The food giants want it on their labels, and in the annual reports and other information they send to their investors. PepsiCo, Walmart, General Mills, McDonald’s, Unilever, Sara Lee and Nestlé are among those citing the years 2020 or 2025 as targets for achieving their goals of buying “sustainably sourced” products.
But what does that mean exactly, and how do those sources — farmers — show they are using sustainable practices? And if they are, will they get a premium?“This movement towards sustainability is here to stay,” says Erin Gowriluk, government relations and policy manager with the Alberta Wheat Commission.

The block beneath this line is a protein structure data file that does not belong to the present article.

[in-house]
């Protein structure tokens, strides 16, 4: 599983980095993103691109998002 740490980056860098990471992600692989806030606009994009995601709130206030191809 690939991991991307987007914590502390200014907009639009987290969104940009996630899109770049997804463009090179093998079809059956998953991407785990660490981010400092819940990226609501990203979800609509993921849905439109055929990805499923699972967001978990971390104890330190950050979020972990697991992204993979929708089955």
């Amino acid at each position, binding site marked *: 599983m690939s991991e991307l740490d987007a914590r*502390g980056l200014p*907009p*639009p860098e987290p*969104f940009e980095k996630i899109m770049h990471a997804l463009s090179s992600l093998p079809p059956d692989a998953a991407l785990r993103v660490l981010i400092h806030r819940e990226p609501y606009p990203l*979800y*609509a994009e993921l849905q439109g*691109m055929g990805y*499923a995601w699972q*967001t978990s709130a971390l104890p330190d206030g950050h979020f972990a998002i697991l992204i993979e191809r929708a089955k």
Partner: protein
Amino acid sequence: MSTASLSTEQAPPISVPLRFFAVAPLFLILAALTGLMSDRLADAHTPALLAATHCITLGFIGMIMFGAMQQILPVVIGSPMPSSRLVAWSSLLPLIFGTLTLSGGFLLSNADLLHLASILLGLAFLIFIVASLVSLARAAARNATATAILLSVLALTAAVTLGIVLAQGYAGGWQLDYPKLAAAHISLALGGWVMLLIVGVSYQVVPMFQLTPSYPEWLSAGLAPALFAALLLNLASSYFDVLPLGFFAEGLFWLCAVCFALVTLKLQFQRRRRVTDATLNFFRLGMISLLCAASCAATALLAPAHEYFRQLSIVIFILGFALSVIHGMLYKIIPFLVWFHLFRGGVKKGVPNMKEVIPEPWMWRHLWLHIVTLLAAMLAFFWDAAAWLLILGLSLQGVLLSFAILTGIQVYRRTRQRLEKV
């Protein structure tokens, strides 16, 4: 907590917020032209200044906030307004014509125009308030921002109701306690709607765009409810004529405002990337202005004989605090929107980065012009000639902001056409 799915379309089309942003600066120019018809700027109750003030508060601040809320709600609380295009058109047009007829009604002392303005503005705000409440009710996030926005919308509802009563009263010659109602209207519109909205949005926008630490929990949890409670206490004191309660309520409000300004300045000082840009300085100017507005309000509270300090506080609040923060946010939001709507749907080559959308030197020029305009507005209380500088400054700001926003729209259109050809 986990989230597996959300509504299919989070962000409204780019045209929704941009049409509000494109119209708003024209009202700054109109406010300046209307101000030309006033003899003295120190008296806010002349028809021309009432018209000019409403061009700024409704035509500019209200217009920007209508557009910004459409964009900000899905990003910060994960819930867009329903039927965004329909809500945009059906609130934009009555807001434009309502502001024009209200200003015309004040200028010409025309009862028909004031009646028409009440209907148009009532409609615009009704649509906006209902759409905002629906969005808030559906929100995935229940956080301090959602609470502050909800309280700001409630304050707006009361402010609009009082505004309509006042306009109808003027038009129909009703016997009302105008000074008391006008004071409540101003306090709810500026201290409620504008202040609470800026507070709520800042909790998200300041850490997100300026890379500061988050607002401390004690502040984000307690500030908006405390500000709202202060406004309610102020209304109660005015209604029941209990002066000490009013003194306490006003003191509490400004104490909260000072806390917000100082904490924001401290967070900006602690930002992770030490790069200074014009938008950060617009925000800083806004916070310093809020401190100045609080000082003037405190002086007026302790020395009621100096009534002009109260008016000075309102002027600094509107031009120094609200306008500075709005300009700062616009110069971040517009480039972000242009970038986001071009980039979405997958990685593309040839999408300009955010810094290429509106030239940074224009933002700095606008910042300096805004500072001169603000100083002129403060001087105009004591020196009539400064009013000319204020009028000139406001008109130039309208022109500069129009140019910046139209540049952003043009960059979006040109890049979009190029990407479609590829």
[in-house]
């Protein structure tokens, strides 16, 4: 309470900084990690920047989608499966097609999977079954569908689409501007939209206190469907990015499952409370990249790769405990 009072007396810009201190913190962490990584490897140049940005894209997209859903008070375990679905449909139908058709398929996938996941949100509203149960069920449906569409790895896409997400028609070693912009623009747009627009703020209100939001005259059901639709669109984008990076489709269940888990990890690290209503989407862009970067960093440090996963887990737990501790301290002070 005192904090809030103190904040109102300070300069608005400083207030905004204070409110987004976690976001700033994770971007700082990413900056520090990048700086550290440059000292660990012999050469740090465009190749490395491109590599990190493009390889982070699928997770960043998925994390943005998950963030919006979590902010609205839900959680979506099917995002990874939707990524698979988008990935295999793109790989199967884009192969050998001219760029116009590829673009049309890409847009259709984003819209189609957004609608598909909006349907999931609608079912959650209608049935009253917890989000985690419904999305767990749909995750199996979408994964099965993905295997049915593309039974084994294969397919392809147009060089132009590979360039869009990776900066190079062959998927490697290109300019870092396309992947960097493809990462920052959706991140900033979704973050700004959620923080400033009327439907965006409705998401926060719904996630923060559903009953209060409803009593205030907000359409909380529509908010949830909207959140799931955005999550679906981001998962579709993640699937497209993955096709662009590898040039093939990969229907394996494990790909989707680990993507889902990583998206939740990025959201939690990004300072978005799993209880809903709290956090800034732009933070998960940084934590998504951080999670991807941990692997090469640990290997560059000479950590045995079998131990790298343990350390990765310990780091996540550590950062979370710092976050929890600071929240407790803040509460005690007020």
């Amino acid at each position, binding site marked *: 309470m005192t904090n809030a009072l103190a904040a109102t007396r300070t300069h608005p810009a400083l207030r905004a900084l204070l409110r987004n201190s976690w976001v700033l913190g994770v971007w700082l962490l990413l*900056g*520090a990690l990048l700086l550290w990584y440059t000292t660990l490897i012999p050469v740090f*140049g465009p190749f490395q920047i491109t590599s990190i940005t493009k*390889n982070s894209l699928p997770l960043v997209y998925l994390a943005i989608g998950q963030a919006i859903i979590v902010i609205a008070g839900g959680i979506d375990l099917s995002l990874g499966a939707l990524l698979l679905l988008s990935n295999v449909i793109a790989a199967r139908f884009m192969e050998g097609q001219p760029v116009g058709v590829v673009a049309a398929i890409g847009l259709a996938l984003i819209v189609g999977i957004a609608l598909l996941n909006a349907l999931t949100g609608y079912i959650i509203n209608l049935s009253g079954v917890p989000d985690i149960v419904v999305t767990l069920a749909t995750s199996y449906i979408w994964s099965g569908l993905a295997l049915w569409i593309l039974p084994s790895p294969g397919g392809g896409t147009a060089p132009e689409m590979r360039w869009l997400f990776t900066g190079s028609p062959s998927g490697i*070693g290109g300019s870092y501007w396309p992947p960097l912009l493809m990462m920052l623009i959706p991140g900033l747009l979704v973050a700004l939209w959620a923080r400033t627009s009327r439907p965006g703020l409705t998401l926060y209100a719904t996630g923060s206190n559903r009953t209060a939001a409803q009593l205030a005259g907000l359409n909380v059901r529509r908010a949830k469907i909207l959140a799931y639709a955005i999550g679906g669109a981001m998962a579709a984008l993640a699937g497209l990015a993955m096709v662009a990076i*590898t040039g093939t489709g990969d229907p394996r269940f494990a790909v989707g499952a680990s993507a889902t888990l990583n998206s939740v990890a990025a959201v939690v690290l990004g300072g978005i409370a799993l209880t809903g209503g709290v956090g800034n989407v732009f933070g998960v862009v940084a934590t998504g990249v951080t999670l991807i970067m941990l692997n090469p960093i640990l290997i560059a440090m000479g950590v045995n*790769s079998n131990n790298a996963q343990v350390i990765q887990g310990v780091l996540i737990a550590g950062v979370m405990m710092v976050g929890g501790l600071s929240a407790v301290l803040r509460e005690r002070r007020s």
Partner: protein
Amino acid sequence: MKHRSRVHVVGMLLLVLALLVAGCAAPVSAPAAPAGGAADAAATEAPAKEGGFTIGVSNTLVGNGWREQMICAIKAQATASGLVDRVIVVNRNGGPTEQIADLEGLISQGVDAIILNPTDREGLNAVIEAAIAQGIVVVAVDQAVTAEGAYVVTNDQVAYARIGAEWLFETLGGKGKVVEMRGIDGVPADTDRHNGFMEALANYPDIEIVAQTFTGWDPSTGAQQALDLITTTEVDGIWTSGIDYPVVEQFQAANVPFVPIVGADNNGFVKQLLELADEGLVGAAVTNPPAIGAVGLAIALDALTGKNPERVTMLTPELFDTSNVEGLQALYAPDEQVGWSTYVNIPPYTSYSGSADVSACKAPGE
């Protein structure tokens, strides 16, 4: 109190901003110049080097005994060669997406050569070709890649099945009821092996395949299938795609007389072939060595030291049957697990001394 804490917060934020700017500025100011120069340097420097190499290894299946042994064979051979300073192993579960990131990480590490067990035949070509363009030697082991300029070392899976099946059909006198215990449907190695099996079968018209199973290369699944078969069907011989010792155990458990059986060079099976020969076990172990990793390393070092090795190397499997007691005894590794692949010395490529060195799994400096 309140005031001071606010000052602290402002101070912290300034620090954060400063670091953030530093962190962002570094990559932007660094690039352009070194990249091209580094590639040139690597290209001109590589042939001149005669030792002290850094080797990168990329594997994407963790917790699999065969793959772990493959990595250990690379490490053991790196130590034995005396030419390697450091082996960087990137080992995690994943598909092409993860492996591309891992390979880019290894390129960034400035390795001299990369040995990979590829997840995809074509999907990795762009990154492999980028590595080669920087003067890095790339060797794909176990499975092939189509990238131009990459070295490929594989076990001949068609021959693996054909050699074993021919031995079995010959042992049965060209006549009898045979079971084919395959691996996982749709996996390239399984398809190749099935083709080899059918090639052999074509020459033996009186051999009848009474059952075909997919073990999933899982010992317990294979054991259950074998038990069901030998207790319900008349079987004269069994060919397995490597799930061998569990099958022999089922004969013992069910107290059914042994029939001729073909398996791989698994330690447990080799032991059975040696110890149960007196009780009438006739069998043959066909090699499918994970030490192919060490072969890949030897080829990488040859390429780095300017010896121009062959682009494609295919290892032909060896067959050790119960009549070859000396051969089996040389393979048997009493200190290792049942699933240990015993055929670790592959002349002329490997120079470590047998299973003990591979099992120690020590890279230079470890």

“It’s all about trying to satisfy that consumer demand, or perceived demand, for something they feel is more sustainably produced,” says Paul Thoroughgood, a Saskatchewan farmer and Ducks Unlimited agrologist who’s also been deeply engaged in the crop sustainability file.
One factor behind the movement is the desire to avoid bad publicity about real or perceived poor production practices.